Arts Briefs

Comfort Mood: Songs of Sentiment

The Grand Valley State University Art Gallery will host “Comfort Mood: Songs of Sentiment” at 7 p.m. on Nov. 16 in the Performing Arts Center Art Gallery, Room 1121.

The show will feature music of love and nostalgia by Strauss, Grieg, Duparc, Fauré and Liszt. There will be pieces for cello and voice by Rachmaninoff and Previn. Performers include soprano Jessica Louise Coe, pianist Brendan Hollins and cellist Kevin Flynn.

The event is free and open to the public. To find out more, visit

Documentary Screening: “What is Philanthropy?”

At noon on Nov. 17, the Bike Factory in the Johnson Center for Philanthropy will host a screening of the documentary “What is Philanthropy?”

“What is Philanthropy?” aims to enhance the viewers’ understanding of the concept of giving and its role in their lives and in society. The film takes a holistic view of philanthropy by presenting its historical context with contemporary issues and including various perspectives from a wide variety of stakeholders.

The film was an official selection for four film festivals in 2014 and was nominated for an Eclipse Award for best documentary in West Michigan in 2015.

Coffee, tea and water will be provided, but attendees should bring a lunch. The event is free and open to the public. For more information, visit

Evening of Song with Caitlin Cusack

Caitlin Cusack, a GVSU alumna, will provide an evening of song with Brendan Hollins on piano and featuring Sarah Dowell on violin. The concert will take place at 7 p.m. on Nov. 17 in the Performing Arts Center Art Gallery.

They will perform the “Alphabet City Cycle” by Georgia Stitt and Marcy Heisle as well as pieces by Kurt Weill, Maury Yeston, Maltby & Shire and others.

The event is free and open to the public. For more information, go to

Season Premiere of “Twisting Fate”

The mythology club has partnered with Grand Rapids Community Television to host a viewing of the season premiere of “Twisting Fate” on Nov. 18 in Room 2270 of the Kirkhof Center at 8 p.m.

“Twisting Fate” is a television show that explores the impact that mythology still has on modern life and on humanity. The show follows Fate, a power in the world greater than the gods of Mount Olympus. The story follows the struggle between Fate and the gods.

The figures of mythology have been trapped in mortal bodies and are doomed to repeat their mistakes in a never-ending cycle of reincarnation for all eternity. Hayden, the hero, is the only one with the power to break the curse and free the gods. He can only do this by “Twisting Fate.”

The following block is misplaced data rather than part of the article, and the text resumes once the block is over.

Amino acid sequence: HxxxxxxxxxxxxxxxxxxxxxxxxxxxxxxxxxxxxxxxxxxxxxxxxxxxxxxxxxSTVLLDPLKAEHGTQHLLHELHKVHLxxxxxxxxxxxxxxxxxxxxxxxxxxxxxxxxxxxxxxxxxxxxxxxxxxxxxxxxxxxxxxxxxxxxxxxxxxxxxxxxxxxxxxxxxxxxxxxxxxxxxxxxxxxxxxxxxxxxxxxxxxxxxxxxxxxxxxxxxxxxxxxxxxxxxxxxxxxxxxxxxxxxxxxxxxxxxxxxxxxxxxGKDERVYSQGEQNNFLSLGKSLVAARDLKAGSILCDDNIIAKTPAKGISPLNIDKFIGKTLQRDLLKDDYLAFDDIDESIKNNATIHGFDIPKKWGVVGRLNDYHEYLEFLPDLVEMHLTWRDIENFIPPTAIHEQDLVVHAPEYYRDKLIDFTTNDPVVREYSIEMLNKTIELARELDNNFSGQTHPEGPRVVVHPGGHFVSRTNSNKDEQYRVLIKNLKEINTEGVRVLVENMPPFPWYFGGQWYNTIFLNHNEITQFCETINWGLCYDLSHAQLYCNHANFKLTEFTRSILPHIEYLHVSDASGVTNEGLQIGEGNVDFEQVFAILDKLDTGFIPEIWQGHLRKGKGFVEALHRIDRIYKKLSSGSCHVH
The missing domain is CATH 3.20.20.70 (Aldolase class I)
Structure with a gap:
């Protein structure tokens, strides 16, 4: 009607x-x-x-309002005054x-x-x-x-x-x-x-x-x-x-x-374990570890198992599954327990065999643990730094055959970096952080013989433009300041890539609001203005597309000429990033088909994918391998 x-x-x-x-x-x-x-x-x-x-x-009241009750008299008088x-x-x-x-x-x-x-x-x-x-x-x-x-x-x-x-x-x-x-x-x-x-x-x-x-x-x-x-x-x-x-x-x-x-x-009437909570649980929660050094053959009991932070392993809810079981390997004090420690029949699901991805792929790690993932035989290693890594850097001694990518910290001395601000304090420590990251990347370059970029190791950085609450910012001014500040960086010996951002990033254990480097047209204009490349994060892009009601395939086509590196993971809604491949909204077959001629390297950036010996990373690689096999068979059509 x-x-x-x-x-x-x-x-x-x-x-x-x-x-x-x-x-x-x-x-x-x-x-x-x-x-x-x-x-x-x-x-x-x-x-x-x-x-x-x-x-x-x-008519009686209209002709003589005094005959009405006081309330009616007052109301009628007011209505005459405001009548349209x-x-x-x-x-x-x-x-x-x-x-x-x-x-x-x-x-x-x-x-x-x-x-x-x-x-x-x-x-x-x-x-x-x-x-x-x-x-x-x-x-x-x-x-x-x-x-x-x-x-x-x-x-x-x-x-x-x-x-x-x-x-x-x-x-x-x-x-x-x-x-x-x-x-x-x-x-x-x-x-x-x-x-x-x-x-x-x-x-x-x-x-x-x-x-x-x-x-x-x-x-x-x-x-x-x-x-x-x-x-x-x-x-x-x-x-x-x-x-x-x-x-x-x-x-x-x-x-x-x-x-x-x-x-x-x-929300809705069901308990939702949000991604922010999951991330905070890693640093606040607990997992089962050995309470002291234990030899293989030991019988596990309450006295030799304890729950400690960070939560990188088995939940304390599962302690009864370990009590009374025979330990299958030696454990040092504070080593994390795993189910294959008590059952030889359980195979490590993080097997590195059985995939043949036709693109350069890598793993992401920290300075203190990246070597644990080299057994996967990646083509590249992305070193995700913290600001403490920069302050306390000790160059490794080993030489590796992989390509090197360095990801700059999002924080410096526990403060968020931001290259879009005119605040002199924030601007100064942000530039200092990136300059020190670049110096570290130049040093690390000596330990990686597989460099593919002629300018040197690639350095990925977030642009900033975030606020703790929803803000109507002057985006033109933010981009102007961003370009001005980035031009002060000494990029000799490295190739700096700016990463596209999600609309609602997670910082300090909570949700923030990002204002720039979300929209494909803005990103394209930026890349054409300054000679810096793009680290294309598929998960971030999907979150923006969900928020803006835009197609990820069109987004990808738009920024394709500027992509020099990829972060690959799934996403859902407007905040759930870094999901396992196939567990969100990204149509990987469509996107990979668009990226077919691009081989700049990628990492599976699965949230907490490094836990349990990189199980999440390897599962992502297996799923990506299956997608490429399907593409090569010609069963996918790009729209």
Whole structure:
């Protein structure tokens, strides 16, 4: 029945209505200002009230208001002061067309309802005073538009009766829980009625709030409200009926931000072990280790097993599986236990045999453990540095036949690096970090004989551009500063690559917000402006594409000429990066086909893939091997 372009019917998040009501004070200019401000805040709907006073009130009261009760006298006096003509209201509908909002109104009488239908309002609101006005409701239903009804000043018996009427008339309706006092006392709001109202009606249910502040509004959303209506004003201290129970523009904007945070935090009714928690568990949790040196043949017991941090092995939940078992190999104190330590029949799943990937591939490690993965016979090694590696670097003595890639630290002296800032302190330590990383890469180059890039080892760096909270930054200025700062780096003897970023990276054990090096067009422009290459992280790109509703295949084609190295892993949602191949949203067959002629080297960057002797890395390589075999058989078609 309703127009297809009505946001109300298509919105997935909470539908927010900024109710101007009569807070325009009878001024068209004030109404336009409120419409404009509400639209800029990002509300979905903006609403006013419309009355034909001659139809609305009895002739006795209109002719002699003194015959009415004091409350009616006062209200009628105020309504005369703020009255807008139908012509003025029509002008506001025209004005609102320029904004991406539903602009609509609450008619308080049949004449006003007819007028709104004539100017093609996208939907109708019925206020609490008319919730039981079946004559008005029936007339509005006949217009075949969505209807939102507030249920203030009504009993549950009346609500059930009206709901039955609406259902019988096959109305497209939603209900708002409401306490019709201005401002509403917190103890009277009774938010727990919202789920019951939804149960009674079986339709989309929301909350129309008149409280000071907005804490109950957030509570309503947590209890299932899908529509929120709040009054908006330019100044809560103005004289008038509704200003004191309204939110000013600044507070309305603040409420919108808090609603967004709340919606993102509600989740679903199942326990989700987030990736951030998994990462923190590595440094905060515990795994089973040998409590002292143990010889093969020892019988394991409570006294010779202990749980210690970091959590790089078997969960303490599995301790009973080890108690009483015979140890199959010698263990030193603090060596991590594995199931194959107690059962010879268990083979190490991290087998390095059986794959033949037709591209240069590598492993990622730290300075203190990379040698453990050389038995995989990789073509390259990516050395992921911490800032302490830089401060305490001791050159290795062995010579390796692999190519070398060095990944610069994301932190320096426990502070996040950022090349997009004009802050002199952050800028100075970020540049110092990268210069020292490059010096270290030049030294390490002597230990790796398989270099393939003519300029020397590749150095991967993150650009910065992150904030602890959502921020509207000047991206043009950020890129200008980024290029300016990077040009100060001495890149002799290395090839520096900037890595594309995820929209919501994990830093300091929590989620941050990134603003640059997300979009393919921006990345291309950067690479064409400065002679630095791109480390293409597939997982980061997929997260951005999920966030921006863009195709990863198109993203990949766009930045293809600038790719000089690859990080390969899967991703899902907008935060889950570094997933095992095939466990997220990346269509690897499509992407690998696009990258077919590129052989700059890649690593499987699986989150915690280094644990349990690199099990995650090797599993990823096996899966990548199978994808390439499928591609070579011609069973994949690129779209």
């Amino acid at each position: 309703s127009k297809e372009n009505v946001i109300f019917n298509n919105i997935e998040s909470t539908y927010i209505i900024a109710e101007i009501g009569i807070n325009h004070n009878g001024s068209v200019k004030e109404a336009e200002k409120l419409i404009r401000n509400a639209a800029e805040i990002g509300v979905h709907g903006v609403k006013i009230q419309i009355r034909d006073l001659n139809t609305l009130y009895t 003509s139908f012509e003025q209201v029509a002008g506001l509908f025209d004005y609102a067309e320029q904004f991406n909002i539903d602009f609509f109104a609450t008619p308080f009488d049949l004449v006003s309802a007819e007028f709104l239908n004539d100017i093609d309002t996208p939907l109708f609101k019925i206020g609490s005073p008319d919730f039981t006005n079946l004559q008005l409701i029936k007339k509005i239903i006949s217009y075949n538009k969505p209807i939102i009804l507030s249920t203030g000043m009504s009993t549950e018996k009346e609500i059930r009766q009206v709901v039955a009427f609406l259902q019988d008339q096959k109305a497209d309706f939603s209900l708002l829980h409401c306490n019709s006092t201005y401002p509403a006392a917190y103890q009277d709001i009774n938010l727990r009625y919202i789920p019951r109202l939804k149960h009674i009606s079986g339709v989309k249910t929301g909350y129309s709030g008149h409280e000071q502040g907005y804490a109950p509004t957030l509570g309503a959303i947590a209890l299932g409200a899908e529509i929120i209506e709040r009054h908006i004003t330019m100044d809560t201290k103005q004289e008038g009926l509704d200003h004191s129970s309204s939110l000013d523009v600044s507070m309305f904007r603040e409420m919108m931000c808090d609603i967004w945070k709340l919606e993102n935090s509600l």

The event is free and open to the public. Contact the mythology club president and “Twisting Fate” director Natalie Pacholke at [email protected] or [email protected] for questions or information about joining the club.

Stoic Week

GVSU is participating in a week-long exploration of stoicism. Lectures will take place on Nov. 16, Nov. 18 and Nov. 20 at 1 p.m. in Au Sable Room 2120. The week will conclude with a lecture at 4 p.m. on Nov. 20 in the Mackinac Hall BLL 110 Caseroom.

The community is invited to attend lectures to adopt the stoic practice of “exercitatio” as a means to consider the practical implications of stoic ethics in the modern world, to explore the foundations of stoic cognitive resilience and to participate in mindfulness practice.

The events are hosted by the department of classics with the support of CLAS, the Dean of Students, Brooks College, the Honors College, the Dean of Libraries and the department of philosophy.

For more information, look online at

Visiting Writers Series: Nina McConigley

The visiting writers series will bring in author Nina McConigley for a craft-talk and reading on Nov. 17 from 2:30 p.m. to 3:45 p.m. McConigley will speak with GVSU students in Kirkhof Center Room 2215. At 6 p.m., she will hold a reading and a book-signing in the Cook-DeWitt Center.

She is the author of the story collection “Cowboys and East Indians,” which won the 2014 PEN Open Book Award and a High Plains Book Award. She has been a fellow at the Bread Loaf Writers’ Conference and was nominated for a Pushcart Prize and for “The Best New American Voices.” She teaches at the University of Wyoming and at the MFA program at the Warren Wilson Program for Writers.

The event is free and open to the public. To learn more, visit

Twilight: Los Angeles:,1992

The Grand Valley State University Theatre program is performing its last showing of “Twilight: Los Angeles, 1992” this weekend.

Award-winning playwright and actress Anna Deavere Smith conducted more than 300 interviews in the nine months that followed the riots and protests in Los Angeles after the four LA Police Department officers charged with assaulting Rodney King were found innocent.

“Twilight: Los Angeles, 1992” is playing at the Louis Armstrong Theatre, located in the Performing Arts Center on the Allendale Campus, on Nov. 22 starting at 2 p.m. Tickets are all general admission seating, with $1 extra at the door, and are $12 for adults and $10 for seniors, faculty, alumni and staff. Student and group tickets are $6.

Contact Michael Mueller at [email protected] with any questions or for more information.